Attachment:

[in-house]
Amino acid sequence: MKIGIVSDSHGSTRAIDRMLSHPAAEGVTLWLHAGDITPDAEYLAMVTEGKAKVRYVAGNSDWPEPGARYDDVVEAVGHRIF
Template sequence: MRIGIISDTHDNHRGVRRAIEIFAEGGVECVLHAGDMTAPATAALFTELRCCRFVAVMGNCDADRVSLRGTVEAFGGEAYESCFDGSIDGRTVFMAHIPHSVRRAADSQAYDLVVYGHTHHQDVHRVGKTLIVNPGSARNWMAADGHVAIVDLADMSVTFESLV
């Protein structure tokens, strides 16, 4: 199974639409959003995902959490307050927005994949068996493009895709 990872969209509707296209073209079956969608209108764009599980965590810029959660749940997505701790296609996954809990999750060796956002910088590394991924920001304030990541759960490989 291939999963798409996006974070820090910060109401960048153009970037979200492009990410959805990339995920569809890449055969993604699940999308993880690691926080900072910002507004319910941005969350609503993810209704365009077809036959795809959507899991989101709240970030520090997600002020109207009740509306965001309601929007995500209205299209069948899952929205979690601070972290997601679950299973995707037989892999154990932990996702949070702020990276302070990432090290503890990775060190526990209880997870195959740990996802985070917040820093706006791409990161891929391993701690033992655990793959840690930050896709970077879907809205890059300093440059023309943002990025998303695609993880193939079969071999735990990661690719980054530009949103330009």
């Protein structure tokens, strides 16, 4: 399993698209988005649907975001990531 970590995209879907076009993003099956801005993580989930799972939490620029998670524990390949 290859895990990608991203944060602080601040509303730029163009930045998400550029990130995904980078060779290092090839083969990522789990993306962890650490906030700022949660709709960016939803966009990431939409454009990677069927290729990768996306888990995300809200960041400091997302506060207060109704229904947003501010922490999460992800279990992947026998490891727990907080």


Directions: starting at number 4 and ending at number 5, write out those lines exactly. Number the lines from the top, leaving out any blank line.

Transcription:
């Protein structure tokens, strides 16, 4: 199974639409959003995902959490307050927005994949068996493009895709 990872969209509707296209073209079956969608209108764009599980965590810029959660749940997505701790296609996954809990999750060796956002910088590394991924920001304030990541759960490989 291939999963798409996006974070820090910060109401960048153009970037979200492009990410959805990339995920569809890449055969993604699940999308993880690691926080900072910002507004319910941005969350609503993810209704365009077809036959795809959507899991989101709240970030520090997600002020109207009740509306965001309601929007995500209205299209069948899952929205979690601070972290997601679950299973995707037989892999154990932990996702949070702020990276302070990432090290503890990775060190526990209880997870195959740990996802985070917040820093706006791409990161891929391993701690033992655990793959840690930050896709970077879907809205890059300093440059023309943002990025998303695609993880193939079969071999735990990661690719980054530009949103330009």
């Protein structure tokens, strides 16, 4: 399993698209988005649907975001990531 970590995209879907076009993003099956801005993580989930799972939490620029998670524990390949 290859895990990608991203944060602080601040509303730029163009930045998400550029990130995904980078060779290092090839083969990522789990993306962890650490906030700022949660709709960016939803966009990431939409454009990677069927290729990768996306888990995300809200960041400091997302506060207060109704229904947003501010922490999460992800279990992947026998490891727990907080």